Focus on wellness: Sugar overload

Do you ever get home at the end of a hard day's work and immediately reach for something sweet? If you're having this kind of sugar craving, it could be a sign that you're not getting enough of other, healthier foods in your diet. November is American Diabetes Month and the perfect time to look into cutting back on your sugar intake. Check out these tips:

Read the ingredients labels on foods and drinks. Instead of looking at the grams of sugar on a nutrition facts label, consider the ingredients. Because some foods have natural sugars, such as fruit and milk, the grams on a nutrition label can be misleading. You need to be more concerned about the added sugars you eat. Some of the words to look for on the ingredients label are sugar, corn syrup/corn syrup solids, high-fructose corn syrup, syrup, honey, nectar, molasses, sucrose, dextrose, fructose, and maltose.

Rethink your drink. Often, drinks that sound healthy are packed with sugar. You should always check the ingredients labels on drinks, including sports drinks, teas, coffees, and flavored waters.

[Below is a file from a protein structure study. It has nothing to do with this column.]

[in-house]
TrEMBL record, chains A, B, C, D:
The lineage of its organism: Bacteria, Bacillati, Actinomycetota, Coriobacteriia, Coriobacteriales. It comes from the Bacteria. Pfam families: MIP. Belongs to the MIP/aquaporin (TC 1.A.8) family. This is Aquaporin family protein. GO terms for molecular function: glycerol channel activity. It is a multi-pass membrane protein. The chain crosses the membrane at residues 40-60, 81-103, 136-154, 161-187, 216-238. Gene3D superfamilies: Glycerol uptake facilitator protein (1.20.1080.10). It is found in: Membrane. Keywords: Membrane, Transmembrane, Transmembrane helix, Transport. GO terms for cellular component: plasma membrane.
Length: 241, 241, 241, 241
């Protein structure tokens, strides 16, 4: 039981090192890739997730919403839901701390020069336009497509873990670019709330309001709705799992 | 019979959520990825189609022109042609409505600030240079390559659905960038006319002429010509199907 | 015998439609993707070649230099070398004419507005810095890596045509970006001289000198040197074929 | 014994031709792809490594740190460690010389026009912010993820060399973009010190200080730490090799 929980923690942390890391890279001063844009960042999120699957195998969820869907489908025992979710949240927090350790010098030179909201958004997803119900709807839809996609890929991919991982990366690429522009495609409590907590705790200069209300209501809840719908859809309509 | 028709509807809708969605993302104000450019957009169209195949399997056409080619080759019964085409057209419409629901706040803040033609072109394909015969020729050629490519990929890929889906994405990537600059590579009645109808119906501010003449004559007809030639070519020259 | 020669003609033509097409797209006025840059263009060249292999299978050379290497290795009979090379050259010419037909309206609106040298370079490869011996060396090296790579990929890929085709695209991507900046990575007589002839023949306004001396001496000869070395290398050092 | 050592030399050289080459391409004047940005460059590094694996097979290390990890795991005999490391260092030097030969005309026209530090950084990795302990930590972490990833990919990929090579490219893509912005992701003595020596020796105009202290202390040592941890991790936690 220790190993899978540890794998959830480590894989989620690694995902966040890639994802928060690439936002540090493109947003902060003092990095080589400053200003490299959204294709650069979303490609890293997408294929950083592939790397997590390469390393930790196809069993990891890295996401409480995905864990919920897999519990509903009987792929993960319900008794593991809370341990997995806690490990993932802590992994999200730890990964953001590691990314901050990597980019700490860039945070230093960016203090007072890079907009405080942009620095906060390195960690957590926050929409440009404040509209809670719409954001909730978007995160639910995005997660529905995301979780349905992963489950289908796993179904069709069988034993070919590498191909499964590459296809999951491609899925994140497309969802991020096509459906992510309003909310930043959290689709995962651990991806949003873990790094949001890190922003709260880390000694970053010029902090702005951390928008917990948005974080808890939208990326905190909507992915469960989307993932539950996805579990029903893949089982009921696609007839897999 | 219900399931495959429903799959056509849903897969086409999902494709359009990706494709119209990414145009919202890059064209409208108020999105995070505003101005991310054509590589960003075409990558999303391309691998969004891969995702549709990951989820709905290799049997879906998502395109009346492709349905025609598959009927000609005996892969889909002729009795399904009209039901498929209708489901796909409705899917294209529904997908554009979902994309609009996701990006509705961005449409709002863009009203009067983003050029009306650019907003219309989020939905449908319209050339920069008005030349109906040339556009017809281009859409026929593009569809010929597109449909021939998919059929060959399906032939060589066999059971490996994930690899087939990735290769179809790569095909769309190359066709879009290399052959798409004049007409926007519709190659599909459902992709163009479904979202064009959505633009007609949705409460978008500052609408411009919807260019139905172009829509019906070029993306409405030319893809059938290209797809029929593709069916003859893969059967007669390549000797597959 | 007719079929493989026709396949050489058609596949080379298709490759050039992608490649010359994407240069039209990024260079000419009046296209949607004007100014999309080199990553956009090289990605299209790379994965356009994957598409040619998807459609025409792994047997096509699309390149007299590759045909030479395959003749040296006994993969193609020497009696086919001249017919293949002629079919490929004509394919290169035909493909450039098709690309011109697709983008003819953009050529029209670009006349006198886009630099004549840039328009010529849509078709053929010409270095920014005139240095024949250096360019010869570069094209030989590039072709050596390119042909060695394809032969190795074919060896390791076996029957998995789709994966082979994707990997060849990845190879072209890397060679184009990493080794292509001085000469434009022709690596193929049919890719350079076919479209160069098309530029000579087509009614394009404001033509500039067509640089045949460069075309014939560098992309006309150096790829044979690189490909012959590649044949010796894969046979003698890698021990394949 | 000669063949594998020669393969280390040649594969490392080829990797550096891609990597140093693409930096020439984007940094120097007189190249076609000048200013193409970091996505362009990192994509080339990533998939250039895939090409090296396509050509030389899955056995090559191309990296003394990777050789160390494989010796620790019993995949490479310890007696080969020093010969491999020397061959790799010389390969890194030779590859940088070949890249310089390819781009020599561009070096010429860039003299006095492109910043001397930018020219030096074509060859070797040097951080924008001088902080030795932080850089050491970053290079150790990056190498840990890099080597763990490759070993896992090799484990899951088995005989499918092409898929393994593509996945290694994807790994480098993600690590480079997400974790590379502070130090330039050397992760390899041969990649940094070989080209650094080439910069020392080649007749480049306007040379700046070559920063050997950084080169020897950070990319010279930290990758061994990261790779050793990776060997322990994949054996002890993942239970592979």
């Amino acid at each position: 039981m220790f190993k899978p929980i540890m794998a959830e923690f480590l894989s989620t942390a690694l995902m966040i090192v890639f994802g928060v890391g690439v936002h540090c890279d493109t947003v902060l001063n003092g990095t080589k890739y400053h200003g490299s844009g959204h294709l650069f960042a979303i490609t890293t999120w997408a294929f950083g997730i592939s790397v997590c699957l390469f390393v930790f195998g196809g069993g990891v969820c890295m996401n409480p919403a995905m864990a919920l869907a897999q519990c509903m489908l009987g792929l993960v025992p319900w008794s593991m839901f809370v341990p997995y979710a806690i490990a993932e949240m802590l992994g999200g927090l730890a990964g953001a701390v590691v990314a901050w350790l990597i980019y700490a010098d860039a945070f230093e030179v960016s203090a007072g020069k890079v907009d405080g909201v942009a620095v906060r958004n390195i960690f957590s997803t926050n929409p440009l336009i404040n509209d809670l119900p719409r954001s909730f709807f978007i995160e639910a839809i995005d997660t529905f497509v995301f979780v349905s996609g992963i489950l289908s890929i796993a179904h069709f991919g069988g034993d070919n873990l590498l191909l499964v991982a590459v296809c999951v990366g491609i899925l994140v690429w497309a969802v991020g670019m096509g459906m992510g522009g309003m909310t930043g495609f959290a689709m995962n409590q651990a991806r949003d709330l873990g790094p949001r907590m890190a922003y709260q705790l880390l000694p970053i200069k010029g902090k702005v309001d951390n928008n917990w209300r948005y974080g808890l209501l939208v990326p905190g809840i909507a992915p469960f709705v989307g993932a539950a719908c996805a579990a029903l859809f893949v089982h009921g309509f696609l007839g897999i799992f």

Make simple swaps by adding fruit. Eating right doesn't have to be all or nothing. If you're craving something sweet, try swapping what you're dreaming of for a healthier version. Adding fruit to foods can be an easy way to get the sweetness while adding nutrients. Here are just a few ideas.

  • Instead of sugary cereal, try a high-fiber cereal and add bananas, peaches, or other fruit.
  • Instead of flavored yogurt, try nonfat plain Greek yogurt and add berries.
  • Instead of a sports drink, try iced water with slices of orange, lemon, or lime.
  • Instead of jelly, try bananas in your sandwich.

Small changes like these can make a big difference in the amount of sugar you consume by the end of the day.

Sources: U.S. Department of Agriculture's ChooseMyPlate website and How to Cut Down on Sugar.

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